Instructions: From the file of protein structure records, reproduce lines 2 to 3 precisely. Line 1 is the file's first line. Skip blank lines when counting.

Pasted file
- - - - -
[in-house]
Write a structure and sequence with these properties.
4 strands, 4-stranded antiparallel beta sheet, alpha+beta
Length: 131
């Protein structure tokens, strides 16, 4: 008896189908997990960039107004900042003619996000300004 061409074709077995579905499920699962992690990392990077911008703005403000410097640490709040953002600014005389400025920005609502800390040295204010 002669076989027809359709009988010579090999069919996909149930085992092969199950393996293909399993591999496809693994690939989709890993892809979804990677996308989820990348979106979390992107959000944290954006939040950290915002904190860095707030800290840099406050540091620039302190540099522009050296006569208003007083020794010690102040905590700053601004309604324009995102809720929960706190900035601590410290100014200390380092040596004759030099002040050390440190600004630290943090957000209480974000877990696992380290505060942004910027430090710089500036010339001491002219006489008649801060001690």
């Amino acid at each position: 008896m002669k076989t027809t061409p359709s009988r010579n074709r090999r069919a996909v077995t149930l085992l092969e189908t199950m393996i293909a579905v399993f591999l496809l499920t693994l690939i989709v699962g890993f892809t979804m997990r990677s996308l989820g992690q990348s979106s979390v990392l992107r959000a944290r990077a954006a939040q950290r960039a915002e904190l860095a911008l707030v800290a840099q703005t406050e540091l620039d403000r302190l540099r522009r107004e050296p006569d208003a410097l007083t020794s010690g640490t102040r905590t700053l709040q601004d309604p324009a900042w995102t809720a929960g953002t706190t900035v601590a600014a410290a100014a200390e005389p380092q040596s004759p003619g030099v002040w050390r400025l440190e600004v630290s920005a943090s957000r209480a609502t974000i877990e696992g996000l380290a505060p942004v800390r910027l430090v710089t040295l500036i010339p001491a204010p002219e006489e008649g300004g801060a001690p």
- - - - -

Write a structure and sequence with these properties.
4 strands, 4-stranded antiparallel beta sheet, alpha+beta